Around 1am Monday morning, Sal said she started getting contractions, which she thought to be Braxton Hicks. She decided to try and wait them out (silly thing! :P) and told me in the morning, when I got up for work, that she had been awake half the night with contractions. Apparently these contractions had caused Sal quite a bit of pain, which Braxton Hicks shouldn't cause. I made sure Sal was ok before leaving for work, she assured me they'd stopped or lessened to a great degree.
When I came home for lunch, Sal told me that she'd still been getting them on and off, but weren't nearly as painful. Sal was intending on heading to Orange to return some clothes she'd bought but before she dropped me off, she was starting to get a pain again and a tightening of her muscles. We decided there, that we needed to go to the Hospital and get it checked out.
After arriving, Sal was put on a CTG machine (which measures Uterine muscle movement and the baby's heartbeat) and monitored for an hour. The doctor reviewed the recordings and decided to treat it as premature labor. Sal was given some medication to stop the contractions as well as some steroids to speed up the maturation of the baby's lungs in the off chance the labor couldn't be stopped. Bathurst Base has a policy of flying people who are less than 34 weeks pregnant to Sydney if they can't stop the labor, so that was something we weren't looking forward to.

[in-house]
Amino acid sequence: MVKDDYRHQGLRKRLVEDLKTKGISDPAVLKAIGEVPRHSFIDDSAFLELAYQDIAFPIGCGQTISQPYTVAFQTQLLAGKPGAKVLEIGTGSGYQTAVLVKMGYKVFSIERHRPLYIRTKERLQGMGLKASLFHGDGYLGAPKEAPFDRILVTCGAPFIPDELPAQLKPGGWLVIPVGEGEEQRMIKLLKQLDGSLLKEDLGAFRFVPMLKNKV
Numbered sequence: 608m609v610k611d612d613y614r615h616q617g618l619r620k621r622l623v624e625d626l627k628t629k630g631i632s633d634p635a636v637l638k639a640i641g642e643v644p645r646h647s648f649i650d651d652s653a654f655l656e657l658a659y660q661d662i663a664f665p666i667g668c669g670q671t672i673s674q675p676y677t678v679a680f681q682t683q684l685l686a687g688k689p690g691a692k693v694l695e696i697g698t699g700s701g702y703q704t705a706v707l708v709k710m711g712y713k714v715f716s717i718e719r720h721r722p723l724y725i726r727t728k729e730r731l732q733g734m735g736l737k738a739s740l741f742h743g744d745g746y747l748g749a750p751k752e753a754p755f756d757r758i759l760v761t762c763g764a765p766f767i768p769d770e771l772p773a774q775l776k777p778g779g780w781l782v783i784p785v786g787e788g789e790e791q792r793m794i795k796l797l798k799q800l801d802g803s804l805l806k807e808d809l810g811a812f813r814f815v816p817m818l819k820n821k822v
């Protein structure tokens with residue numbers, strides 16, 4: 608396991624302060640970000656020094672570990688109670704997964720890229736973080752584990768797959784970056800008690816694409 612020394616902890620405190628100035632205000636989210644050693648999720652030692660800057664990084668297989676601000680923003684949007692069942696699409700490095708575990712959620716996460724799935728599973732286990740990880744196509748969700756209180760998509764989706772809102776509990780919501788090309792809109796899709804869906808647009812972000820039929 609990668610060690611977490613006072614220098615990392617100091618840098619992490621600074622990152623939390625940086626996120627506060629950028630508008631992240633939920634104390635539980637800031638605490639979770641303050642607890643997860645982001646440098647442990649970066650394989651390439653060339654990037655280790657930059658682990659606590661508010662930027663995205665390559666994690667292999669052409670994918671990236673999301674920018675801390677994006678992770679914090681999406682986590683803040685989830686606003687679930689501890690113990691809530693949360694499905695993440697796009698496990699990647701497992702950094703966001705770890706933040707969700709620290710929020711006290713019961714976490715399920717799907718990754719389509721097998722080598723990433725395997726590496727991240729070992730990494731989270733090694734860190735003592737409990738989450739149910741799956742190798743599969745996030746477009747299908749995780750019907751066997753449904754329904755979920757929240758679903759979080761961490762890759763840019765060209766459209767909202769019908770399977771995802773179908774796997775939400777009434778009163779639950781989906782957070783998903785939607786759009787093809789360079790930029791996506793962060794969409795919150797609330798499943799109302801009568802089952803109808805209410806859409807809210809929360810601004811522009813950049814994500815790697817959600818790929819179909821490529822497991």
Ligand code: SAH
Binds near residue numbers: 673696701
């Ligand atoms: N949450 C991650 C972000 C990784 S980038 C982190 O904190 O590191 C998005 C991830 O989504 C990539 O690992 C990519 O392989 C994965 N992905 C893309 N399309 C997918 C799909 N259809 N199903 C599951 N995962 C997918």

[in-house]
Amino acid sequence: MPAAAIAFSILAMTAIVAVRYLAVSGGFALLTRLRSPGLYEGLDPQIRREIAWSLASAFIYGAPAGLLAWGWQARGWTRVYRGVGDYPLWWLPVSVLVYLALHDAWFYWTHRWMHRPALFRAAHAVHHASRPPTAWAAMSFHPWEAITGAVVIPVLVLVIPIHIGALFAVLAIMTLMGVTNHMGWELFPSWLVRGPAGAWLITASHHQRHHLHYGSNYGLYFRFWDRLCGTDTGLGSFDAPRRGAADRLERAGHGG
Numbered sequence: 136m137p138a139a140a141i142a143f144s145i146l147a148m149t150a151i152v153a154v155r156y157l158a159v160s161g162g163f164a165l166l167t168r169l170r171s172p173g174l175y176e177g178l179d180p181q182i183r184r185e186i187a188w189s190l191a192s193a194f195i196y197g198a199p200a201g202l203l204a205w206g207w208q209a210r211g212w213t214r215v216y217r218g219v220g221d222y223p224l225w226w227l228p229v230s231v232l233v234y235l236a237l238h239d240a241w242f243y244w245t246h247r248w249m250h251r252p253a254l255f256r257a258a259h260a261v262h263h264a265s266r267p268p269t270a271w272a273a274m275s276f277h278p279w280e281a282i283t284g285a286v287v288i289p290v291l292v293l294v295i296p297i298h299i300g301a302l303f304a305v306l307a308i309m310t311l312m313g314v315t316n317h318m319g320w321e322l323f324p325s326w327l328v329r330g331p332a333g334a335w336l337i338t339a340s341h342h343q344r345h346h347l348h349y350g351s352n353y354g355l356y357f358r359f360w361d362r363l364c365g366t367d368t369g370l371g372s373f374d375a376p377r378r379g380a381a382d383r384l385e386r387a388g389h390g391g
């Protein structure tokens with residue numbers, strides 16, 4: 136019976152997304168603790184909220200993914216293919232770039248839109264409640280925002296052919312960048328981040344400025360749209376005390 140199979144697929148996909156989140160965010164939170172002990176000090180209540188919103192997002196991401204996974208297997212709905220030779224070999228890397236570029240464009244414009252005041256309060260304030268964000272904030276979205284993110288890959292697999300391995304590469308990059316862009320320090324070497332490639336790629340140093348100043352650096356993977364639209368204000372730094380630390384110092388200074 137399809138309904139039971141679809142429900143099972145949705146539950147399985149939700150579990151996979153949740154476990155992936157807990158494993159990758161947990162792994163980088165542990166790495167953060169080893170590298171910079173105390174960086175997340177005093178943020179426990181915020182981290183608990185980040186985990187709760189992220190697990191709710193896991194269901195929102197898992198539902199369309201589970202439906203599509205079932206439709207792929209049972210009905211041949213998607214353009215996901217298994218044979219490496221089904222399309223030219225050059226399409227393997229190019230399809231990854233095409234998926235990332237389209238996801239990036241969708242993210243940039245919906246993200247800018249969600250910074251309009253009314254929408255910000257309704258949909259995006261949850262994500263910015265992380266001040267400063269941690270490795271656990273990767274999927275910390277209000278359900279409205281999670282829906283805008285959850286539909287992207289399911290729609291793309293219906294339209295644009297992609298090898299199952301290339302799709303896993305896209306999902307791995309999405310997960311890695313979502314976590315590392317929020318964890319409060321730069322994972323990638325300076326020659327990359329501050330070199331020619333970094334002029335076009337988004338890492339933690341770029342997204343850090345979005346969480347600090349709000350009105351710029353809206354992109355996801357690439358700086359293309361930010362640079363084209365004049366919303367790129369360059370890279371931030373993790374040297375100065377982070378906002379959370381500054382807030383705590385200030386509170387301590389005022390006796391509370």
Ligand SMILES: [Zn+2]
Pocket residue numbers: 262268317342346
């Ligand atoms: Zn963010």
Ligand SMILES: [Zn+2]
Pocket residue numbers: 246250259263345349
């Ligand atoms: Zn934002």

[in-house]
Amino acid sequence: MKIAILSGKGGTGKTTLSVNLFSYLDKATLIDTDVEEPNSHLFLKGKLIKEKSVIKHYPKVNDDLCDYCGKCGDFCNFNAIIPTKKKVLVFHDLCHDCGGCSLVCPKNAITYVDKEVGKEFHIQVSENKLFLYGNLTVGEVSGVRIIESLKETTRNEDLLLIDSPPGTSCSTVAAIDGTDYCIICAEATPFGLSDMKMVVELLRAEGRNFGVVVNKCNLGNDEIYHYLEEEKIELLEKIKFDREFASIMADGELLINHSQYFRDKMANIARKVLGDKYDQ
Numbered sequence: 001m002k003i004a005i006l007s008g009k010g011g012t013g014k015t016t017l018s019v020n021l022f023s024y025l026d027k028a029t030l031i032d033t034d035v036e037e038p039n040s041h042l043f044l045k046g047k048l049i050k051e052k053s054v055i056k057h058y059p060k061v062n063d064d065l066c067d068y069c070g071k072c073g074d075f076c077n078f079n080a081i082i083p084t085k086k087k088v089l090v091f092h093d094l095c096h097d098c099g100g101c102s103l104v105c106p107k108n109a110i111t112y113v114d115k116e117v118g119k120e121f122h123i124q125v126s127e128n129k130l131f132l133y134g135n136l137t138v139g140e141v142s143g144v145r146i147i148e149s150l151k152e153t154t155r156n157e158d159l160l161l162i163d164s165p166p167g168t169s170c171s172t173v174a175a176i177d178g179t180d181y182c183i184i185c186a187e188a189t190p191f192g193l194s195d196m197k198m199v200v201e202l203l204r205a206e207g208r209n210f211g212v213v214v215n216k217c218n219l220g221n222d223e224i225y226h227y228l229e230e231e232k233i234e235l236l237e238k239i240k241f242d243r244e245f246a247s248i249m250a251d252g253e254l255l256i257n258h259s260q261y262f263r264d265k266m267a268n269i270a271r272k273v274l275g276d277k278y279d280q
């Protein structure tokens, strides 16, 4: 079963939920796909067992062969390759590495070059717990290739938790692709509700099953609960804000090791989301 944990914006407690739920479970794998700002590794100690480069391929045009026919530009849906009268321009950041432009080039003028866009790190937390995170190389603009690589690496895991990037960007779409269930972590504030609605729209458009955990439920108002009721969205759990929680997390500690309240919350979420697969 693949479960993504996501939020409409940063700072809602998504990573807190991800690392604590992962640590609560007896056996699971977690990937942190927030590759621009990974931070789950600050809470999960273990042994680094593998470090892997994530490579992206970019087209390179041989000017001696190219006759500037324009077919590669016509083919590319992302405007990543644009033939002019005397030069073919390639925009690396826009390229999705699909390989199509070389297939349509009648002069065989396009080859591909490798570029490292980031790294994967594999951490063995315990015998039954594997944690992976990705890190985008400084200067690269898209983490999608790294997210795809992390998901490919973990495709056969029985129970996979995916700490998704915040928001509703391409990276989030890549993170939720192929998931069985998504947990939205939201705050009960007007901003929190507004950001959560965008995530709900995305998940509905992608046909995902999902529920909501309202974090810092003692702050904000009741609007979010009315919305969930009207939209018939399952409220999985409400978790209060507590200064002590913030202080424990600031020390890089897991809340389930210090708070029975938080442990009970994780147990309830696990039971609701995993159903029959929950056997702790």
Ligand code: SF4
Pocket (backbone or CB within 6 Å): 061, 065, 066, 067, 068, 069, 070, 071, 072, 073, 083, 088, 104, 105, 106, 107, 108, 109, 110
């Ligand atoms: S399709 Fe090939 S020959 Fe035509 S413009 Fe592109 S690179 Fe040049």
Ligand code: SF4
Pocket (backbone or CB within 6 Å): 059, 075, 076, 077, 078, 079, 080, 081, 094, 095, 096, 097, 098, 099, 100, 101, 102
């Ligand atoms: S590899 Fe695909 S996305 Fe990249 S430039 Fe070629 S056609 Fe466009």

Luckily, however, the contractions stopped, but with Sal being kept in overnight for observation. The CTG measurements taken at 6am this morning showed no signs of contractions and a very healthy baby (heartbeat wise).
This 'episode' is actually the 2nd time such a thing has happened, the first being two and a bit weeks ago. Sal decided to palm this one off to Braxton Hicks but that Sal was more unfortunate to suffer them more painfully. This latest occasion has tought us otherwise. Next time, we'll be going straight into hospital. Now that we're under 70 days to go (30 weeks gone), I dread anything going wrong after the trouble we've gone through to get pregnant in the first place.
Sal is well, currently still in hospital until 3.30 this afternoon when she gets her 2nd steroids injection.
A side note is that this all occurred while the staff at the Maternity ward were churning out 5 babies in the first 24 hours Sal was there, which is a high number going by averages apparently. Needless to say it was extremely busy there yesterday (and today).